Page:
Below are the results of the May 2003 Letter of Acceptance and Return from the Laurel King of Arms. This website is not authoritative, but is an accurate reproduction of the text of the May LoAR.

January 2003 Letter of Intent
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ACCEPTANCES
Avalon Dubois. Name.
Avalon is her legal given name. A question arose whether the given name Avalon is excessively obtrusively modern, and so not registerable, even under the Legal Name Allowance. Avallon is a period location in France. A reference to this location appears in the name Guillaume, d'Avalon found in Hercule Geraud, Paris sous Philippe-le-Bel: d'aprés des documents originaux et notamment d'aprés un manuscript contenant Le Rôle de la taille imposée sur les habitants de Paris en 1292 (p. 63, column 1). Therefore, Avalon is a period placename being used as a modern given name, putting it into the same category as names such as Lorraine, Brittany, Wesley, and Ashley. As it is not excessively obtrusively modern on the same level as the example of Moon Unit, it is registerable.
Gonter van Kortrike and Regana van Kortrijk. Joint badge. Vert, a fleur-de-lys argent and a bordure embattled Or.
Katrine van Deventer. Name.
Leifr Vagnsson. Name.
Submitted as Leif Vagnsson, the submitter requested authenticity for Norse. The LoI stated that "Both elements are documented from Geirr Bassi. 'Leif' from 'Leifr', page 13. [...]" Geirr Bassi, as stated in the LoI, lists Leifr, not Leif. We have changed the given name to the documented Leifr in order to meet the submitter's request for authenticity and to register this name.
Margarete de Colechon. Name.
Submitted as Margarete Colquhoun, the submitter requested authenticity for the 13th C and allowed minor changes. The submitted form of this name is appropriate for 16th C Scots. Black (s.n. Colquhoun) dates Robert de Colechon to 1259. Black (s.n. Porter) dates Margareta to 1261 and (s.n. Rutherford) dates Margarete la fielle Nicol de Rotherforde to 1296. Based on these examples, we have changed this name to a form appropriate for the 13th C as requested by the submitter.
Rothin in flamska. Device. Or, a lily gules.
Nice device!
Ryan de Caergybi. Name and device. Per pale argent and gules, a griffin between six feathers in annulo counterchanged.
Submitted as Ryan De Caergybi, the submitter requested authenticity for 14th C English and allowed minor changes.
There was some question regarding the registerability of the name Ryan. Both Ryan and Rian are plausible Anglicized Irish forms of the Gaelic masculine given name Ríán, which was the name of a saint (per Ó Corráin & Maguire, p. 155 s.n. Ríán). Therefore, Ryan and Rian are registerable as Anglicized Irish forms of this saint's name under the guidelines for registerability of saints' names (see the Cover Letter for the September 2001 LoAR for details).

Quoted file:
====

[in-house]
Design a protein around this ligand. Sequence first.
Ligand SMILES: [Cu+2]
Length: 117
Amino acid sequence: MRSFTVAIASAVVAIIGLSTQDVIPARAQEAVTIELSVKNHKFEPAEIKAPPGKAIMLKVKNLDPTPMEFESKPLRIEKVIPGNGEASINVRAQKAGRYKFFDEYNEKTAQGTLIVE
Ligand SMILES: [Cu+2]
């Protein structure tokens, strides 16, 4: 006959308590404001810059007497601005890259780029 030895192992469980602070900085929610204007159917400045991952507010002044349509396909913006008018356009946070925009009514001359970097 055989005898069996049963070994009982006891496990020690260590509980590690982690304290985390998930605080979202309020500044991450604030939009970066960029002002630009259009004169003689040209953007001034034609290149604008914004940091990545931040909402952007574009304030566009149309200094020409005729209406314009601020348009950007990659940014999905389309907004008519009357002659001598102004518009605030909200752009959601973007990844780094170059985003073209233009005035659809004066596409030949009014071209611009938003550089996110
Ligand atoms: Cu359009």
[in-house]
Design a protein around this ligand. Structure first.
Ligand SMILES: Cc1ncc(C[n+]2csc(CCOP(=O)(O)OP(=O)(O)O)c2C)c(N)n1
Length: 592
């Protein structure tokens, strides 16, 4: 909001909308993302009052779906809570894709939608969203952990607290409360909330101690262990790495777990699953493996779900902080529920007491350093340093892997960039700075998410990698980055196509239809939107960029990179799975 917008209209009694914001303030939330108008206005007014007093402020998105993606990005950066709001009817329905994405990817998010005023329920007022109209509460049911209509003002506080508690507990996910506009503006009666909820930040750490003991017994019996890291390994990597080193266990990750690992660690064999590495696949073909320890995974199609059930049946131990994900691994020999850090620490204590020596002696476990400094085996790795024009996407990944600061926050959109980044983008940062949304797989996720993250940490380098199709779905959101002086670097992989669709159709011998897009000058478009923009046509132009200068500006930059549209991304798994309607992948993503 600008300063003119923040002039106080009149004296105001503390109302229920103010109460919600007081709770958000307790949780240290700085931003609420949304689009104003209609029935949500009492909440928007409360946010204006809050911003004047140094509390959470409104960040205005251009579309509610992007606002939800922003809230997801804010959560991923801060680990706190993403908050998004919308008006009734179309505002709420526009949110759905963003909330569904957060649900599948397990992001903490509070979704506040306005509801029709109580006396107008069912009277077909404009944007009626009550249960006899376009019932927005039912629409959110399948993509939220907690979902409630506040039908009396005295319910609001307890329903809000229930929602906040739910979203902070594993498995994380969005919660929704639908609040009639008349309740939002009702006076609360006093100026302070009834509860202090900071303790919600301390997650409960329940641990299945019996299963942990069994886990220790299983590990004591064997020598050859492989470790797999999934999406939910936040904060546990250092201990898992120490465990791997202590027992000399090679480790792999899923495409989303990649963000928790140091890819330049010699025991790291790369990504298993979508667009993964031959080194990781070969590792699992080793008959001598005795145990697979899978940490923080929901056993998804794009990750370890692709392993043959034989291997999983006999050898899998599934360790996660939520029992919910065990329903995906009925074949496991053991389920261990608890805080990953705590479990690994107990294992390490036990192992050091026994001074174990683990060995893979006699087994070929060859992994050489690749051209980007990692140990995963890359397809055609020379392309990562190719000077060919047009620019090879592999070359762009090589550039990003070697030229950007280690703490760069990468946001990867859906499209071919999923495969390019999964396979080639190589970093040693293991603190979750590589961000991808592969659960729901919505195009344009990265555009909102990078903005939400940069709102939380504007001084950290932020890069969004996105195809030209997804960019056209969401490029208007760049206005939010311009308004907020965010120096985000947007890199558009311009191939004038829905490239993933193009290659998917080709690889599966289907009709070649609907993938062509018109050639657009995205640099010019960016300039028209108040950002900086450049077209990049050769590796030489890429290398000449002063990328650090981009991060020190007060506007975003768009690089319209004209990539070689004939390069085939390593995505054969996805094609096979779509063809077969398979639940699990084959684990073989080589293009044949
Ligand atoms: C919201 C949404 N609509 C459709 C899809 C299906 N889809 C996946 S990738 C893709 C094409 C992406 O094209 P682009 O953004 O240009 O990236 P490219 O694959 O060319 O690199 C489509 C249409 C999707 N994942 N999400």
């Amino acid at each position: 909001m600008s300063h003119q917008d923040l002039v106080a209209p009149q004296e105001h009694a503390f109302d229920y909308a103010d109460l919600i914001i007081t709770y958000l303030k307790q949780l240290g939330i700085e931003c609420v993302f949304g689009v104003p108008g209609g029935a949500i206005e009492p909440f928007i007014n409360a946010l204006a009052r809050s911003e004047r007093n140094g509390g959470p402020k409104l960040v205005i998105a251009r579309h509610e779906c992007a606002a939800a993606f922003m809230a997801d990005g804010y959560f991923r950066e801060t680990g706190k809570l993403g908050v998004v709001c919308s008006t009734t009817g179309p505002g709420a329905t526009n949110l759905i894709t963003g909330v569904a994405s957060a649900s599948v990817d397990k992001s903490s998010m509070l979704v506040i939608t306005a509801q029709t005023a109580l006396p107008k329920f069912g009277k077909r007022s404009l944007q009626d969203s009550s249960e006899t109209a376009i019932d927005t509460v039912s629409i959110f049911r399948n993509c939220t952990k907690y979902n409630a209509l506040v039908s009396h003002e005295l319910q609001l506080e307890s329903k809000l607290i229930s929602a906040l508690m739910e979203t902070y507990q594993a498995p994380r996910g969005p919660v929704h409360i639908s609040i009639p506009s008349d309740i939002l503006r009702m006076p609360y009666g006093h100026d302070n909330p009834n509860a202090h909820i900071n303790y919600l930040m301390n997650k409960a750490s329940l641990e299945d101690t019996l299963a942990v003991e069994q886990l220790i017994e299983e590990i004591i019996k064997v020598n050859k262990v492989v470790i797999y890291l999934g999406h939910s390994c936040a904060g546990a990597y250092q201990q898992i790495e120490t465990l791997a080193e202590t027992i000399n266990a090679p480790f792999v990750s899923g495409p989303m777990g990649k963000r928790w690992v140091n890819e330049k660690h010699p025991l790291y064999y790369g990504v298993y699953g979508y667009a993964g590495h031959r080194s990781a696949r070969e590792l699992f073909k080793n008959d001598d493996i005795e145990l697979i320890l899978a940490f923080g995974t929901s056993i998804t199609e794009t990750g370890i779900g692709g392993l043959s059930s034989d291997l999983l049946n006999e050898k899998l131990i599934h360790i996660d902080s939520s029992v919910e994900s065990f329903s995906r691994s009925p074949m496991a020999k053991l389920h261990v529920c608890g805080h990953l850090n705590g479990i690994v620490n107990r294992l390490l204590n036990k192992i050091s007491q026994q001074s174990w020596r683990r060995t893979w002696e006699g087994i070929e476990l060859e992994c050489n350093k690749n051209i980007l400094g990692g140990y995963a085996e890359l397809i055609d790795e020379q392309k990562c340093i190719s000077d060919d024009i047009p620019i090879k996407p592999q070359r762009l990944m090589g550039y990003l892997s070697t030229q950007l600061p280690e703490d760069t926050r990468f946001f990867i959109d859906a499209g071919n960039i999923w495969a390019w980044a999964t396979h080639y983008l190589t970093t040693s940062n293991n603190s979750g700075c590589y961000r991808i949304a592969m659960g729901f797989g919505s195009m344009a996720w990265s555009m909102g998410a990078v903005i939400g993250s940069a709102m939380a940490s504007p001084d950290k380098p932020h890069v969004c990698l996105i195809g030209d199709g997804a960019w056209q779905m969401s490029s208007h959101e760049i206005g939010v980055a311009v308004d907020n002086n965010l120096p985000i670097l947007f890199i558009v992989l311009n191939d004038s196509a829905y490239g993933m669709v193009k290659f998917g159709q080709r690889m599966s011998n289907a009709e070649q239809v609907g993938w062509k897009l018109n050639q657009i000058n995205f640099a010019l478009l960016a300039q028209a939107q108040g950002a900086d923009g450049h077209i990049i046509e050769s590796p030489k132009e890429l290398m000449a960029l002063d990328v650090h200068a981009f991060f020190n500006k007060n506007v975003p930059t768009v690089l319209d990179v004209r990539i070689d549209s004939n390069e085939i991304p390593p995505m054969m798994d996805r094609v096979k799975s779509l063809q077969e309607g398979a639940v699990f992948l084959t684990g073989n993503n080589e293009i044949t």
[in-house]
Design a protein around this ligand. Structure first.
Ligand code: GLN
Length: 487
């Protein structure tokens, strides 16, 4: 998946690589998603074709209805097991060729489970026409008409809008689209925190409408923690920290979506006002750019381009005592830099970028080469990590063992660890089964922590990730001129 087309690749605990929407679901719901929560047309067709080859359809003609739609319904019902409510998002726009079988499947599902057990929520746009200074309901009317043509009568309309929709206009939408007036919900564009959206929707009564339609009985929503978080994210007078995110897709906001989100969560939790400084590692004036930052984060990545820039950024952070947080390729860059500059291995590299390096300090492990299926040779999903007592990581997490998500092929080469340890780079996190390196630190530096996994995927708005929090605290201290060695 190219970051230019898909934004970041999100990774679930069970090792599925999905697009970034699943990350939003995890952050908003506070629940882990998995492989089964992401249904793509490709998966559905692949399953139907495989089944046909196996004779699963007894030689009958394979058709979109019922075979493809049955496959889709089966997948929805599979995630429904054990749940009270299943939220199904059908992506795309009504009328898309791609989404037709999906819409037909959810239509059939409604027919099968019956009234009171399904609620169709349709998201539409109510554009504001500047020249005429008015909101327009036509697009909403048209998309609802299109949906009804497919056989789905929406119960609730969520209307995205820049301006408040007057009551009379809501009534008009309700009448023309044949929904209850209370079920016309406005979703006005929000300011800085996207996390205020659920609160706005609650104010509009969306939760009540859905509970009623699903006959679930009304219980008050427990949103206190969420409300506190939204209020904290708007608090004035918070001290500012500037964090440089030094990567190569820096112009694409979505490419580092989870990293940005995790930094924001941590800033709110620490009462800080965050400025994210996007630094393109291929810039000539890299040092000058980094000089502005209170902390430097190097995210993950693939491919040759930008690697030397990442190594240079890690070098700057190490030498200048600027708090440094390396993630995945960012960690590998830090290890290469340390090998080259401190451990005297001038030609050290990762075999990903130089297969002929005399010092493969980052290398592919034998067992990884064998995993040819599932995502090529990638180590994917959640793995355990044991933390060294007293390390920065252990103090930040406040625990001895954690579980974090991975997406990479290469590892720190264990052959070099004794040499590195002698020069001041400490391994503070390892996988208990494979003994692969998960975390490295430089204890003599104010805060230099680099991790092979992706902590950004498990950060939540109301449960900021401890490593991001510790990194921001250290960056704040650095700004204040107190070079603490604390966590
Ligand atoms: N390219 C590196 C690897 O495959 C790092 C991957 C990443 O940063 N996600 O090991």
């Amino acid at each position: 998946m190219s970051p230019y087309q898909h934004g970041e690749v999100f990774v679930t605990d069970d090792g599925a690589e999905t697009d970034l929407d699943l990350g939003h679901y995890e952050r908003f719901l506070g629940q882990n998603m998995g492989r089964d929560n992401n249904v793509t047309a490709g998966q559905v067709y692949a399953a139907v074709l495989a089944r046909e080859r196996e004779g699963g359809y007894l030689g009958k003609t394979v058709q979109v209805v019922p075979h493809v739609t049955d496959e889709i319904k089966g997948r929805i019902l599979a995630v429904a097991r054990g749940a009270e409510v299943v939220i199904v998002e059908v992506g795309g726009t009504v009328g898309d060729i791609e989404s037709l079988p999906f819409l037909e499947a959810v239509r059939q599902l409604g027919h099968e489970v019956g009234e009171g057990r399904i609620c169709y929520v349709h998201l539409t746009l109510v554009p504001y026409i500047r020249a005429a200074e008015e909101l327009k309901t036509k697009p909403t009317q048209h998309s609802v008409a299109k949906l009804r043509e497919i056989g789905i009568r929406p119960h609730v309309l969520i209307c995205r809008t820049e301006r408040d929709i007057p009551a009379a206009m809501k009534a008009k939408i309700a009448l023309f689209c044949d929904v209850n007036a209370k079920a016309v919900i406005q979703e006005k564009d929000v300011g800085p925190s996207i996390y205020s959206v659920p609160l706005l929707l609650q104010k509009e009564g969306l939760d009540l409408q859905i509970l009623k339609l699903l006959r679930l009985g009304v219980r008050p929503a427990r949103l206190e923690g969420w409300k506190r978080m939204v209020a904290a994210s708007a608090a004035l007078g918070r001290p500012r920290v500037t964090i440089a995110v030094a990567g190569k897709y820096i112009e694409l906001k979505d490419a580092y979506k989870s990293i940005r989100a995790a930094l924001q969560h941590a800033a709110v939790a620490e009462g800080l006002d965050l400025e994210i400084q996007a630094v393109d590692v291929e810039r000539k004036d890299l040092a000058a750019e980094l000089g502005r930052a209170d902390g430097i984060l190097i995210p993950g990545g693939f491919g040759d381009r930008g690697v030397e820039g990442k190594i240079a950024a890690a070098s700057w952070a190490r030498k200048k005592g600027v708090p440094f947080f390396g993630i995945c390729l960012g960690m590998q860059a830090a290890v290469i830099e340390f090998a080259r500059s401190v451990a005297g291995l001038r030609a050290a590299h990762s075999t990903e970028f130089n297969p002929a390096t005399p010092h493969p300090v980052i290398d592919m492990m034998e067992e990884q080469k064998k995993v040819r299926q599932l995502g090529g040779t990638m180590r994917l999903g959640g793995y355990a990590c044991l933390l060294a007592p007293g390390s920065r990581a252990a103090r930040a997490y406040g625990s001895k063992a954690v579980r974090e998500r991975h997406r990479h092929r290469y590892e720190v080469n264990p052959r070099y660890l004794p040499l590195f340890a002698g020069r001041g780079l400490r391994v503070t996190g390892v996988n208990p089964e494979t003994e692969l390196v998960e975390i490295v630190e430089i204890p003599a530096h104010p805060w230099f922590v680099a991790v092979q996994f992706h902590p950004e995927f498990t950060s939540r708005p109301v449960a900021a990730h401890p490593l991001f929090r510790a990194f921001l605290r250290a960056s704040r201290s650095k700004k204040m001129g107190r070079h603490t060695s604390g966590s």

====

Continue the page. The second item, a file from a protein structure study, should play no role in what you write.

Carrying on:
The byname was submitted as De Caergybi. However, the submitted documenation supports de Caergybi. We have made this correction.
There was some question whether the combination of Anglicized Irish and Welsh is registerable. Anglicized Irish, like Scots, is structurally similar to English. Therefore, as with Scots and Welsh (Anton Cwith, LoAR of August 2001, Ansteorra's acceptances), combining Anglicized Irish and Welsh in a name is registerable, though a weirdness. Mixed Gaelic/Welsh names remain unregisterable.

RETURNS

Hákon refr. Device. Or, a fox courant to sinister gules and a bordure wavy purpure.
The bordure was blazoned sable on the Letter of Intent and on the forms, but the forms show the bordure to be a slightly brownish purple. We have two alternatives: to pend the submission on the grounds that the bordure is purpure, and ask the College to research it as purpure, or to return the submission on the grounds that the submitter desires a sable bordure and the forms do not provide a sable bordure. We do not have the option of simply registering this with a sable bordure, because the College registers the emblazon and not the blazon, and the bordure in the provided emblazon is clearly not sable.
Because both the forms and the Letter of Intent say that the bordure is sable, and because of the particular and unusual sort of purplish tincture of the bordure, we believe it likely that the problem in the coloration of the bordure was due to color photocopying or printing rather than an intentional color choice. We have thus elected to return this submission for clarification of the submitter's intent.

January 2003 Letter of Intent
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